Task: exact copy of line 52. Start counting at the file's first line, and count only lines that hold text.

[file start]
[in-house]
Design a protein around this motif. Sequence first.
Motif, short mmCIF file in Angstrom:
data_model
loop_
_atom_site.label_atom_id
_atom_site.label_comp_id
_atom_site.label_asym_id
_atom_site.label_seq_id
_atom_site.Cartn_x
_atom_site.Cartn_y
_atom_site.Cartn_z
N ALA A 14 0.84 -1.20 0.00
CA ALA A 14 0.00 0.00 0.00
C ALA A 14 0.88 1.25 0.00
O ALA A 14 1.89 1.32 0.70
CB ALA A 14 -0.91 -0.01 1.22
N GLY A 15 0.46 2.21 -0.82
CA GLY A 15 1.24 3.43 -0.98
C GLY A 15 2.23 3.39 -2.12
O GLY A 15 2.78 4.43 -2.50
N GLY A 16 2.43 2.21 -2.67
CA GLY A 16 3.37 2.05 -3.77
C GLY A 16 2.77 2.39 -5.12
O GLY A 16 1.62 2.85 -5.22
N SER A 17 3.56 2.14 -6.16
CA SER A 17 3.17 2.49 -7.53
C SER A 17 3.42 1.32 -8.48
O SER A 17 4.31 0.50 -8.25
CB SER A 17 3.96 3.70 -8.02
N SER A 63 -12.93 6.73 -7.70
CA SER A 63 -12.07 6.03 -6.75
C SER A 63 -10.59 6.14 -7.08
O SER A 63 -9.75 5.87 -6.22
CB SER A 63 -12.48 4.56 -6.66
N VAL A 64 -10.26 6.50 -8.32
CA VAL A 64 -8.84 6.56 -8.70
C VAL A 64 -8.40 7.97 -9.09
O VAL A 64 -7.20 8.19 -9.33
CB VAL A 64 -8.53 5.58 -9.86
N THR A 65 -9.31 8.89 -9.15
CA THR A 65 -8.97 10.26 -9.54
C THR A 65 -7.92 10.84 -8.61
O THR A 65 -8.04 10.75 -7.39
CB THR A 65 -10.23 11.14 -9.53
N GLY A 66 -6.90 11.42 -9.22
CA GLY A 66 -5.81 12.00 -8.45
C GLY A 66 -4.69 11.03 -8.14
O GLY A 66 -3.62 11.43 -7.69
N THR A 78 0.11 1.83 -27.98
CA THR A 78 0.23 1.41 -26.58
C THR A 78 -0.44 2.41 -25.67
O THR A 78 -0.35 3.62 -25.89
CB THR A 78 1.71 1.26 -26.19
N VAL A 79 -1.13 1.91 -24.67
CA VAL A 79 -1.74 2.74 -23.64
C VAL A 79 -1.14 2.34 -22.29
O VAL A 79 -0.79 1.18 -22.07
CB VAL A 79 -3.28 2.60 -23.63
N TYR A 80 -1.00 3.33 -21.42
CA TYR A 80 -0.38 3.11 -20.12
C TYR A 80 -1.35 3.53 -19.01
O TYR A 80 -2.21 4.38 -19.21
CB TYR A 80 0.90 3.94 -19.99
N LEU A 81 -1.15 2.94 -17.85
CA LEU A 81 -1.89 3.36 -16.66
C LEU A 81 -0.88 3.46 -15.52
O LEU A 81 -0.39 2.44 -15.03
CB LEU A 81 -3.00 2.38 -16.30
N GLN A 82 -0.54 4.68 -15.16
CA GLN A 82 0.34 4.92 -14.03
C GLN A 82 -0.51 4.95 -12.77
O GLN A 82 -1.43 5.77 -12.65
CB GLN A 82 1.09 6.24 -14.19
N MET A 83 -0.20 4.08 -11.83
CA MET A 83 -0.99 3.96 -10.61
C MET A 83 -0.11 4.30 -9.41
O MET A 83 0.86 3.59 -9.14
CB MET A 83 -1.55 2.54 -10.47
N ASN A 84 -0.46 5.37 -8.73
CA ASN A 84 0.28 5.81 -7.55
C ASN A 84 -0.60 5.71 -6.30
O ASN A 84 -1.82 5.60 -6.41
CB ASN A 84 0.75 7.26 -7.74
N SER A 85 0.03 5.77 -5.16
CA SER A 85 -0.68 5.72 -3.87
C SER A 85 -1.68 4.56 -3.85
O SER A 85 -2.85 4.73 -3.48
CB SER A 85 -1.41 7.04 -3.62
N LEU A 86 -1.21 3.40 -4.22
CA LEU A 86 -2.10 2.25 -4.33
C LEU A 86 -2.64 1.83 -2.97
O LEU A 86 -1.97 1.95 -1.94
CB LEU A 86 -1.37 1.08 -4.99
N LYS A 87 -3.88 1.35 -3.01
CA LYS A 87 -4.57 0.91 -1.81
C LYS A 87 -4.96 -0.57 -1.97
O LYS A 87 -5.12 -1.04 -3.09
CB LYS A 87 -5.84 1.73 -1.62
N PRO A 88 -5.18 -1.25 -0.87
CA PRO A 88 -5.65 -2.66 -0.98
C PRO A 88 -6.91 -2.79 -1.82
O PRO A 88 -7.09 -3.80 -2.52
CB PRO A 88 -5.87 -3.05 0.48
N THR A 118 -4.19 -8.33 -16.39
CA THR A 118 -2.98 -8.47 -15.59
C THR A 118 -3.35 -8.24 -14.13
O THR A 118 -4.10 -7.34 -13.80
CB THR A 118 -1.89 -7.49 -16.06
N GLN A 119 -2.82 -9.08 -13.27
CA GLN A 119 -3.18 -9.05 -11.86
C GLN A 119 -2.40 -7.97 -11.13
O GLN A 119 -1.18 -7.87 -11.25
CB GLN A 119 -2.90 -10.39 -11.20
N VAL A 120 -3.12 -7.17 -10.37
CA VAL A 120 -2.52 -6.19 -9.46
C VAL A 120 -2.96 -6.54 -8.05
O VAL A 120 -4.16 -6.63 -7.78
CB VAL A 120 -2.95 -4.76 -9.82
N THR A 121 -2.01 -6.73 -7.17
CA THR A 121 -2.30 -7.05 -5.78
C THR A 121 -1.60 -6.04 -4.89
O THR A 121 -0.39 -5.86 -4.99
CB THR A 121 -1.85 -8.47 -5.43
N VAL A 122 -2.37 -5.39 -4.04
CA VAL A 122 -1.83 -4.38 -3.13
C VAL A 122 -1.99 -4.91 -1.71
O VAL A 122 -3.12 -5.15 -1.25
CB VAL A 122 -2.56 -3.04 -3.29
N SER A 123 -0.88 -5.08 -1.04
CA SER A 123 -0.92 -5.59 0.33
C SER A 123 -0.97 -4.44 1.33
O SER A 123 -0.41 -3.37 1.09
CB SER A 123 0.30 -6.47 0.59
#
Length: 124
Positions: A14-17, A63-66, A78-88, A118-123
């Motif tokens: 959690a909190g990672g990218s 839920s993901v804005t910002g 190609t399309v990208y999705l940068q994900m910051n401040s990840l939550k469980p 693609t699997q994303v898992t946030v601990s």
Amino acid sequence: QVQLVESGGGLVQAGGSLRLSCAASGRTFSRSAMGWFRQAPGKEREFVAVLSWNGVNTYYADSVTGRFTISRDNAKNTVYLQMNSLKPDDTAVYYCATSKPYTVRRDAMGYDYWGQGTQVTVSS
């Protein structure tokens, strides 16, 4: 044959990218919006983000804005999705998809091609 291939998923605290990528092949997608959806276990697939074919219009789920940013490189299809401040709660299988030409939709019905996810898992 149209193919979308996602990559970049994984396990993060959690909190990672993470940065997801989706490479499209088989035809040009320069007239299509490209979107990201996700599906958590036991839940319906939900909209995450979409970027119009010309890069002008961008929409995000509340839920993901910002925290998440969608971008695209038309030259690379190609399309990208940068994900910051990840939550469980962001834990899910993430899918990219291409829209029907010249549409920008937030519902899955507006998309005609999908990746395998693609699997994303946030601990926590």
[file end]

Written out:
C THR A 78 -0.44 2.41 -25.67